“It’s a big loss.  There wasn’t another nonprofit doing anything like this.” (Note: The National Park Service did put something on their website referencing health effects, but that isn’t what Pritikin and her group wanted. They wanted a spot on the tour.)

I reiterate that we have been talking for over an hour and I don’t want to keep her, but I ask if she has any last words regarding the Hanford cleanup or current workers all over the U.S.

Pritikin’s voice has the even keel of a seasoned warrior. “In Richland, you are living next to huge tanks with unstable radioactive waste that could blow up at any time. Fallout would shower the area.”

I note that there has already been one such minor incident (about 3 years ago).

Pritikin says, “People who live there have to have certain mentality to feel they are safe, and to raise their kids there.”

I ask, “What is that mentality? Denial?”

Pritikin nods, but says, “Kate Brown (author of Plutopia) and I went into 3-Eyed Fish (Wine Bar & Kitchen) after the court case (In re Hanford) was settled. We asked our waitress what she knew about Hanford. She’d gone to high school in Richland, but really did not have a clue about what happened there.”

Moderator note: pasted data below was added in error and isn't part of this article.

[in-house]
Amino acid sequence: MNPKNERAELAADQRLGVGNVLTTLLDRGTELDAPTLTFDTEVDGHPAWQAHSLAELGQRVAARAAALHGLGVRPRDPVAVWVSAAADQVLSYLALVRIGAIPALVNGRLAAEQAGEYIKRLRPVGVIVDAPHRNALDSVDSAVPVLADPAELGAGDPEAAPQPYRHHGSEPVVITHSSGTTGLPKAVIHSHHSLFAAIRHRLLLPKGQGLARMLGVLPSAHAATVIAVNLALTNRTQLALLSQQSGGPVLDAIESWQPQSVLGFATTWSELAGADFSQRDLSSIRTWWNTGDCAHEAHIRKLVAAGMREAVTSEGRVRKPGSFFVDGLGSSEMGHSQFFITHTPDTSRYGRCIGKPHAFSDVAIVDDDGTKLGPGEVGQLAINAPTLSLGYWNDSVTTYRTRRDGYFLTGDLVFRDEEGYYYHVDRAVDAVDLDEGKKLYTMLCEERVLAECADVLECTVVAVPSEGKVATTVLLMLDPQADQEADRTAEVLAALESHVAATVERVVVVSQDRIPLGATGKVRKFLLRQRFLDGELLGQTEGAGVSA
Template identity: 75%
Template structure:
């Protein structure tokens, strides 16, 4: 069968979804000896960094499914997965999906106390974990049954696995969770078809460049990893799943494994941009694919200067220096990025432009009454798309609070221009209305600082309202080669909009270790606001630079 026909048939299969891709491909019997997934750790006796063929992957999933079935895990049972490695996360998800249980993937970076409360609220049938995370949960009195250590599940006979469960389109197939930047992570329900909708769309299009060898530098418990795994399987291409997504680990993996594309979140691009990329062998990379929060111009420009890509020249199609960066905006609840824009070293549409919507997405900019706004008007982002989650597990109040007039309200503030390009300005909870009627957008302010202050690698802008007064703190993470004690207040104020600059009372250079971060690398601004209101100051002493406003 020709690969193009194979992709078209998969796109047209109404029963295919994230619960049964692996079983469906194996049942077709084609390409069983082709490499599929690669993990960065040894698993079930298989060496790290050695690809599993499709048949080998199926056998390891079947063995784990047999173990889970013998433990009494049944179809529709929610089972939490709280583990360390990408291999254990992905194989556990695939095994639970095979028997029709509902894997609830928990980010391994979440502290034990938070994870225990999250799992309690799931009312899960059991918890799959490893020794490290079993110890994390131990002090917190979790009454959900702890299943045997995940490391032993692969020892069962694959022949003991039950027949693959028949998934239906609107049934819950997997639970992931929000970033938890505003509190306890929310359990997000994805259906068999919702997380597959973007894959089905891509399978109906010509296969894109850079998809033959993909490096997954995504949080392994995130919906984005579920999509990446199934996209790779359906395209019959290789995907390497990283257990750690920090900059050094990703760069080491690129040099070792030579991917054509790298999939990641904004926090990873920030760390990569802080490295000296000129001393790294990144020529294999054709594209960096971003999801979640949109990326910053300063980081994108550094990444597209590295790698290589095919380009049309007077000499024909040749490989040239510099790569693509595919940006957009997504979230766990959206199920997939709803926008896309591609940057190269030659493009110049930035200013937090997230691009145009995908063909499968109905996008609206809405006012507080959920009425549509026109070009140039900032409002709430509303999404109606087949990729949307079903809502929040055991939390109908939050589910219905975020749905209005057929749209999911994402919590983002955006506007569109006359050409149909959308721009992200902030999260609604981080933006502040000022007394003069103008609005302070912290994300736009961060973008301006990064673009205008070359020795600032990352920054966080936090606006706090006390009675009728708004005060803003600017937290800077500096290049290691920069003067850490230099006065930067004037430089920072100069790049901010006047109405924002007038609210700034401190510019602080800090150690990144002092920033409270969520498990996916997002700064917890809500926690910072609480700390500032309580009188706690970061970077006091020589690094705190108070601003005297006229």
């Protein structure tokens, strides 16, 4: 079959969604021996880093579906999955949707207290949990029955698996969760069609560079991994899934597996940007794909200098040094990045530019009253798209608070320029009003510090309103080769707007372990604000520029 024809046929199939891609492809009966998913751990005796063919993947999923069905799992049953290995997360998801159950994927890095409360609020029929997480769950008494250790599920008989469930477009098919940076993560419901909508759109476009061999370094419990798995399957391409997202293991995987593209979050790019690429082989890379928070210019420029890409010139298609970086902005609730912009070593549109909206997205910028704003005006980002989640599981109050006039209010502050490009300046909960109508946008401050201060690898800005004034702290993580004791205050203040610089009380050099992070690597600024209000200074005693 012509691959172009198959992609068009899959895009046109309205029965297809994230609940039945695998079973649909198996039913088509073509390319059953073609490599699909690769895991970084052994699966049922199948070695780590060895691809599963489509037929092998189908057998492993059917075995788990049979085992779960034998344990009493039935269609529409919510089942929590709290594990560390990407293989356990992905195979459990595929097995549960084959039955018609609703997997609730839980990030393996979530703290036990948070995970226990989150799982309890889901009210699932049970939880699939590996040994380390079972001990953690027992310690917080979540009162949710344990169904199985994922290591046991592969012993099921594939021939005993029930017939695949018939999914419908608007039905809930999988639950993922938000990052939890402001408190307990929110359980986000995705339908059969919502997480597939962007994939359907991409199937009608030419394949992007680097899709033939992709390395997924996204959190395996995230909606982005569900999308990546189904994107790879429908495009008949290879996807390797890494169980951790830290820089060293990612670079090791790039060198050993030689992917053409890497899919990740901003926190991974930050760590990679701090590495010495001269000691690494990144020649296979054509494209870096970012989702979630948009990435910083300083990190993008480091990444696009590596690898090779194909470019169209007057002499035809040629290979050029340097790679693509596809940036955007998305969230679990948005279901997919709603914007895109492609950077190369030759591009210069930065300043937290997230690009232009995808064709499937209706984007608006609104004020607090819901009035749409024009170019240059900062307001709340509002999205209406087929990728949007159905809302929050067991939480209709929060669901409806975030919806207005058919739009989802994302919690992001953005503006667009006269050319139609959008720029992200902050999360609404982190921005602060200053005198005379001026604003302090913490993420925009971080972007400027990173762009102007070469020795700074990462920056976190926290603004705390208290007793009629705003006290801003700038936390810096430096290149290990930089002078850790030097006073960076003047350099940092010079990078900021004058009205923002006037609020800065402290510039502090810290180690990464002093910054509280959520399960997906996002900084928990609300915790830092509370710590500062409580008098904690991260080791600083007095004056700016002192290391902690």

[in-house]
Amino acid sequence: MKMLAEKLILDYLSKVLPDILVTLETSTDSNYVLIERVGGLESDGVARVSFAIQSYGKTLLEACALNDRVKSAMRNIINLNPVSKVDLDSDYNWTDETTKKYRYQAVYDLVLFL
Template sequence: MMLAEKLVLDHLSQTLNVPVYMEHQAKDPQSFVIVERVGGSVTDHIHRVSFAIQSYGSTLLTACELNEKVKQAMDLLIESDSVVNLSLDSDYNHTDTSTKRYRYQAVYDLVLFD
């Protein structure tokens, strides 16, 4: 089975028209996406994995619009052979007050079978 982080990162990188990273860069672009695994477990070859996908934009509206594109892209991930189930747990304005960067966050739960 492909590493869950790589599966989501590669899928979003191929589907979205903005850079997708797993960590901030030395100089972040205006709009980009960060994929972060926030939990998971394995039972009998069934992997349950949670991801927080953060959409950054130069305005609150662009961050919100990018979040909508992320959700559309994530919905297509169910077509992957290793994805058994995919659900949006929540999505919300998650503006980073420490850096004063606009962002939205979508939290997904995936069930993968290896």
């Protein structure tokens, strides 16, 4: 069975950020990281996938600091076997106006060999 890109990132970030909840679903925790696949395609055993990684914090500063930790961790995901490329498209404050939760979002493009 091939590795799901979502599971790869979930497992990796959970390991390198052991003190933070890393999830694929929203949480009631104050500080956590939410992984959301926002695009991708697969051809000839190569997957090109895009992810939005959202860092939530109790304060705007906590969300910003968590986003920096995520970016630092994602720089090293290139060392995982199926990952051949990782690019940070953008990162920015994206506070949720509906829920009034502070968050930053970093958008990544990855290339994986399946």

The 3-Eyed Fish Wine Bar and Kitchen, Richland WA 2024

“And all these young people that are not educated to the situation, and those who are doing the cleanup – and all the scientists they’ve brought in (Richland has the highest population of PhDs in the country).” She shakes her head. “It’s an odd mix of people now compared to the war years. And a lot of them do not know what happened to all of us downwind.”

She spoke of how a ‘white-wash’ had always been part of the narrative. Post-war brochures put out by the DOE cited the Nevada test site and other MP sites as safe now. “Administrative memos at all MP locations were always downplaying the danger.”

“And now,” she exhales. “If you are going to have nuclear power, the same technology that processed plutonium, you have to speak a certain way about it to have people accept nuclear power as safe.”

In a final thought, Pritikin reiterates the need to cover the cleanup at Hanford. It is far from being accomplished and multiple strategies have proven ineffective, including the initial vitrification processes tested.

“I feel like if someone could write about the cleanup and the new workers. They are the new downwinders….that would be good.”

“A meaningful thing to work on,” I agree. Andy Kifer – are you listening?


 Source Notes:

Auntie's bookstore 

See more on EEOICPA at